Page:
Our final evening in Rome coincided with the final of the UEFA Champions League, being held in the city, featuring FC Barcelona (who we watched win their semi-final over Chelsea whilst we were in the city), and Manchester United. Over the previous few days, hordes of football fans have descended on the city - in fact it was a Spaniard invasion! Surprisingly, the Man Utd fans were drastically outnumbered and outvoiced, and in the end, it wasn't just the fans that were missing - the score: FC Barca 2-0 Manchester United.

During the heat of the day, we witnessed a congregation of Catalan fans singing their songs and dancing around the Trevi fountain - a site to behold. The evening however was strangely and eerily quiet in the centre - an alcohol ban putting paid to any street parties.


Posted by deepaksuma 01:32 Archived in Italy Comments (0)

Cooking in Firenze!

A wander around Firenze

Florence is a very picturesque town, buzzing with people, bikes and small cars (some very small!) scurrying around piazzas and narrow streets despite the heat. A cappuccino and brioche under our belts, visited the Pontevecchio, a bridge connecting the two north and south of town, which is exclusively (by order of the Medici Grand Dukes) the domain of gold and jewellery shops (although the odd gelato shop seems admissable).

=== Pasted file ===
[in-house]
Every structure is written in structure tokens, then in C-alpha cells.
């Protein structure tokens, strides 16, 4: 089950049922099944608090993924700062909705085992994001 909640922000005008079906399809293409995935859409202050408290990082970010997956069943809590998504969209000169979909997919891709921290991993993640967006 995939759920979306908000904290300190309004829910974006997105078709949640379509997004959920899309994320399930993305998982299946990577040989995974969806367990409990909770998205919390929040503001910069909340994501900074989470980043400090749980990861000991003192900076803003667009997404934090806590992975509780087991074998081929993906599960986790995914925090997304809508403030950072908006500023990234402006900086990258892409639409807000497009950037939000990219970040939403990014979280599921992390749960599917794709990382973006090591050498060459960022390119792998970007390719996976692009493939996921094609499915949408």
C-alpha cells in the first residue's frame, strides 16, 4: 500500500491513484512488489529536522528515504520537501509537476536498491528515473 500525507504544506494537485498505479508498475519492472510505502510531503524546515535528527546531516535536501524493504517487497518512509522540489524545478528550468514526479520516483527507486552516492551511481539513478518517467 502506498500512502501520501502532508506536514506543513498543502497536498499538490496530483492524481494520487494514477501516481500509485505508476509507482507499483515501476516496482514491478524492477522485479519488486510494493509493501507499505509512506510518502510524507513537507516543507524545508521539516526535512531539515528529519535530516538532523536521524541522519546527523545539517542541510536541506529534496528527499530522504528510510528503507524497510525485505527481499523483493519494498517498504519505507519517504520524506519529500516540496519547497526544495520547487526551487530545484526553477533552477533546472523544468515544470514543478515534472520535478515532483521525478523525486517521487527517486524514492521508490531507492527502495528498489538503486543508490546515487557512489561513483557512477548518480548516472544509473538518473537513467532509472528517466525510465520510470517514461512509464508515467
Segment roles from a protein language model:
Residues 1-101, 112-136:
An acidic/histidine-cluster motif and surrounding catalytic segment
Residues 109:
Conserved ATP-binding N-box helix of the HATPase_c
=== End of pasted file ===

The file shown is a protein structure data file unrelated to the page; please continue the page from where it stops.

The town's main square, 'Piazza del Duomo' contains a replica statue of David (held in the Accademia), and is also home to the Basilica di Santa Maria del Fiore cathedral, also known as the 'Duomo' - the largest such dome ever constructed.


Cooking in Tuscany

The heat and high pollen levels affecting us, we took a timeout and embarked on a journey out to country cottage for a Tuscan cooking class, where we learnt to make pasta (from scratch) - both a spinach and riccotta ravioli, and tagliatelle. Our host, Christina, then whipped it all into some basic sauces (butter and sage for the ravioli, pesto for the tagliatelli), and with a few supplements (cauliflower souffle, grilled tomatoes, and a tiramisu fruchato and espresso - and loads of Chianti Classico) we had a sumptuous meal with some cool and interesting people.